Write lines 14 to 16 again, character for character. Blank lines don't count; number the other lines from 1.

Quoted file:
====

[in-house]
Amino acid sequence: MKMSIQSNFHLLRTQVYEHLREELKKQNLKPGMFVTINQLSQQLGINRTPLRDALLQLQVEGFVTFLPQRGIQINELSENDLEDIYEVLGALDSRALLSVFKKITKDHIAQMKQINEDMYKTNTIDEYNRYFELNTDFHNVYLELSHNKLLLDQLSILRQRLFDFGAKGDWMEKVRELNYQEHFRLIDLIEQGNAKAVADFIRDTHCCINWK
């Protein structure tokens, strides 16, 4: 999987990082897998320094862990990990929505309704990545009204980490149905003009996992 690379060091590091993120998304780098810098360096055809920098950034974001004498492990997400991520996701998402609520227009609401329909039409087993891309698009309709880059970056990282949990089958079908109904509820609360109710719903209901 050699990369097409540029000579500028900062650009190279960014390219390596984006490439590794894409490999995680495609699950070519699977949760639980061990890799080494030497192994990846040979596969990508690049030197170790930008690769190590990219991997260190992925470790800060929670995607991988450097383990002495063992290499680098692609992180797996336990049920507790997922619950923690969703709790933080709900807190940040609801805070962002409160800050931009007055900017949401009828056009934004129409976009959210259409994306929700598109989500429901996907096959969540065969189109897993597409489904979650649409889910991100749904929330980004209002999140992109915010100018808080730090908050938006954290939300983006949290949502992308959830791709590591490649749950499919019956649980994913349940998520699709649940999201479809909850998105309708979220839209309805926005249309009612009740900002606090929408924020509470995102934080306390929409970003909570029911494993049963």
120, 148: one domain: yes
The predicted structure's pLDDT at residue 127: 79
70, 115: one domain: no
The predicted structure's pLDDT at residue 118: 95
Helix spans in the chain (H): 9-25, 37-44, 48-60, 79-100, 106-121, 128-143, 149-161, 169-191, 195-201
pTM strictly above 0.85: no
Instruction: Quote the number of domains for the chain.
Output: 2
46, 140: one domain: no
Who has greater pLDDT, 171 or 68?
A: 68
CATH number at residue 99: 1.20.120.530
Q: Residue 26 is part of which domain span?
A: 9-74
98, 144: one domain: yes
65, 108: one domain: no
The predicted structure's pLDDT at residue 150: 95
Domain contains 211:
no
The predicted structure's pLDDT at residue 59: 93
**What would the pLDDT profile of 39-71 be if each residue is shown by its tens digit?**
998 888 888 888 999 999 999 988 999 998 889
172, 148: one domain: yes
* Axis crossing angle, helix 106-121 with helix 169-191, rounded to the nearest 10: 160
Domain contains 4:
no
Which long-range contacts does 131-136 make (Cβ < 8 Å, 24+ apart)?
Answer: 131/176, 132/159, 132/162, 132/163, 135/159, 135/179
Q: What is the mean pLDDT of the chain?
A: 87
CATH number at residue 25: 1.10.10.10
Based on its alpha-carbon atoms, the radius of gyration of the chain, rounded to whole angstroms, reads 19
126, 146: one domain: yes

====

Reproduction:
A: 68
CATH number at residue 99: 1.20.120.530
Q: Residue 26 is part of which domain span?